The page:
Furnished apartment for rent 2 bedrooms, Saint-Georges, Paris 9e
Rue de la Grange Batelière, 75009
Rue de la Grange Batelière, 75009
The tenant and the landlord are due to pay a part of the building maintenance. The tenant is usually in charge of paying for maintenance and repairs (elevator, for example). And the landlord is responsible for repairs to the building and significant work (elevator replacement, for example). The division of the costs between tenants and apartment owners is clearly established by law.
In France, the tenant usually pays monthly rental charges as either a fixed cost ("forfait" in French) or a provision reviewed yearly. When the syndic establishes the building's yearly expenses, the advance paid by the tenant is adjusted through reimbursement or billing for the difference. Here is everything you have to know about rental charges payment in France.
When you browse rental listings in France, you will commonly see "charges included" ("charges comprises" in French) indicated next to the rent amount. What does it mean exactly? For a long-term furnished apartment for rent, the amount of the rent generally includes the tenant's part of building maintenance charges.
Nota Bene: The monthly rent does not include utilities such as electricity, gas, hot water, or the Internet. The tenant is responsible for opening their utility account and paying their consumption.
The fixed charge (forfait de charges) is for furnished leases and flat sharing. A fixed amount covers the tenants" expenses related to the building and the common areas. Typically, this fixed payment is included in the rent. This amount remains the same every month till the end of the lease and cannot be adjusted.
The provision on rental charges (provision sur charges) with annual adjustment concerns unfurnished rentals and sometimes furnished rentals. This advanced charge means that the tenant pays an estimated fixed amount in advance each month. The owner must adjust this amount at the year's or lease's end. The owner has to give proof of actual expenses. Any difference between the advanced monthly provision payment and the actual costs is either reimbursed to the tenants or charged to them.
The lease agreement stipulates the fixed charges amount and the payment frequency.
Whether the tenant pays a monthly provision or a fixed charge payment, a specific clause must clarify the issue in the rental contract.
Whether a fixed charge or an advance payment, the landlord bases the amount due by the tenant on the building's yearly expenses report. Each tenant charge is explained and detailed on the bill for the advance payment regularization.
Suppose your rental property is in a co-ownership building. In that case, the owner can request a part of the condominium charges (expense for cold water, guardian's wages, collective heating, or elevator if necessary) from their tenant, which we call recoverable rental charges.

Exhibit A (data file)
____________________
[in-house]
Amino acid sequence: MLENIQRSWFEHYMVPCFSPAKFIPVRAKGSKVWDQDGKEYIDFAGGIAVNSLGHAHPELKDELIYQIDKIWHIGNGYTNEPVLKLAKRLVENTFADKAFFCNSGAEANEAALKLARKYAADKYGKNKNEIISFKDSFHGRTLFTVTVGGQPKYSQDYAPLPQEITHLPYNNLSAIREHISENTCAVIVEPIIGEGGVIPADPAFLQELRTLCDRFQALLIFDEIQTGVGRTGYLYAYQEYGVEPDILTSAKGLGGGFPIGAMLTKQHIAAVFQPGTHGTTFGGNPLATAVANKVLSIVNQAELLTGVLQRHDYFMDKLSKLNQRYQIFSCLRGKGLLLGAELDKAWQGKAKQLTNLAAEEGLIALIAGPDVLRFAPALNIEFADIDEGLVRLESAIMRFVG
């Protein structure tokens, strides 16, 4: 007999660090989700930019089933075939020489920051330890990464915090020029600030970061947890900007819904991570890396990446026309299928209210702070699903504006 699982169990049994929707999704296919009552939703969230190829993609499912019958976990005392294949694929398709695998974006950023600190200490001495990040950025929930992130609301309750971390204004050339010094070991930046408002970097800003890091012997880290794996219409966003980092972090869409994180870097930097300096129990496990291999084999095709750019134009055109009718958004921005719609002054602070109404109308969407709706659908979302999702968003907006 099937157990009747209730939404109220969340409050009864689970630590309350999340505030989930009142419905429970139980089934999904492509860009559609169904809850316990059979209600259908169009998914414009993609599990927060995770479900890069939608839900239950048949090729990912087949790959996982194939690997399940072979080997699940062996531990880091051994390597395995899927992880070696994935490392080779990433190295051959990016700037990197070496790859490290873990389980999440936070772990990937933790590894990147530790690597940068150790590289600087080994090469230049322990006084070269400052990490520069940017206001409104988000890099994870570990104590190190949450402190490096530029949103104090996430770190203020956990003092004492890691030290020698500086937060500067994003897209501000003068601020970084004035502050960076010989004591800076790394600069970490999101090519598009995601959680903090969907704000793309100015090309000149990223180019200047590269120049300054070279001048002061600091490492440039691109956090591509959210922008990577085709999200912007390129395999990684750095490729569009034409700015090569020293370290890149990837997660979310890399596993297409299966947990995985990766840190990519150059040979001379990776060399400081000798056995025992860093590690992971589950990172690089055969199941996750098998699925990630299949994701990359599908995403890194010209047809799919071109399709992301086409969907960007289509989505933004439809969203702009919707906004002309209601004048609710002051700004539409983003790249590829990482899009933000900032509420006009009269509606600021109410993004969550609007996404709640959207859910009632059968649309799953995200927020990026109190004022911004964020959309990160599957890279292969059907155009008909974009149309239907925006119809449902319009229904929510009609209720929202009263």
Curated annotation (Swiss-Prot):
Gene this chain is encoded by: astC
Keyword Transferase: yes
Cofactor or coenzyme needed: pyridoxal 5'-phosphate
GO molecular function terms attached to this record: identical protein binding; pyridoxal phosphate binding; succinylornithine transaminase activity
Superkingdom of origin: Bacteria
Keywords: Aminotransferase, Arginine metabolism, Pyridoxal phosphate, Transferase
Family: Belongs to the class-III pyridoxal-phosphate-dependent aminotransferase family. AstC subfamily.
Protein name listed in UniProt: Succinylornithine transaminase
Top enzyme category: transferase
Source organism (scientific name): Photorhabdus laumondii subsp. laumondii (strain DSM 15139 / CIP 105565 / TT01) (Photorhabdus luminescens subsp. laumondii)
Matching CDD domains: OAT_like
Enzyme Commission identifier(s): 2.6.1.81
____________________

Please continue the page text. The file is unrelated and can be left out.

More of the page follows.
The owner checks their annual statement of charges (relevé annuel définitif de charges) to obtain the right portion to re-bill to the tenant; this information is not provided on quarterly reports (appel de fonds trimestriel). So if the owner cannot locate this information for their tenant, they need to contact the syndicate for assistance.
In addition to co-ownership charges, consider the household waste tax (TEOM). It is part of the recoverable rental charges. This amount is usually indicated on the property tax notice (Taxe foncière). Therefore, the owner can include it in the provision.
Suppose the owner keeps the electricity, gas, or Internet subscriptions under their name for convenience or until their expat tenant opens a bank account in France. In that case, it is best to take a fixed charge for the Internet subscription and an adjustable provision for electricity and gas consumption which vary. The tenant reimburses his utility expenses to the owner monthly.
N.B. If the owner keeps the subscriptions under their name, the lease must indicate the reference number of the EDF/Gas account and internet subscription.
This adjustment is calculated by comparing the sum of provisions with the actual rental charges paid by the owner during the period. If the provisions exceed the actual expenses, the landlord must return the overpaid part to the tenant. On the other hand, if the advance is lower than the actual expenses, the owner requests a supplement to make up for the missing underpaid amount.
During the adjustment, the tenant will receive the following information as proof of rental charges by the landlord by email or by post. Failing to provide these documents, the tenants may ask by registered letter to obtain justifications for expenses from the lessor.
When does the annual charge adjustment take place? Legally, in France, according to article 7-1 of law n.89-462 of July 6, 1989, the owner of rented accommodation can recover unpaid charges and rent for three (3) years, including after the tenant has left. The same applies if the tenant has paid too many charges.
However, if the owner has not carried out the annual review of the rent based on the INSEE annual publication, he only has one year to react! After one year, the annual review of the rent is lost for the landlord.
In conclusion, understanding the different payments of rental charges in France is essential for landlords and tenants. It is important to know the differences between fixed charges and advance payments to understand which rental charges tenants need to pay. By following the legal requirements and providing the necessary documentation, landlords and tenants can ensure a smooth and successful rental experience.
Editor: Siyi Chen
Sources: Service Public, lagestionenligne, acheter-louer, PAP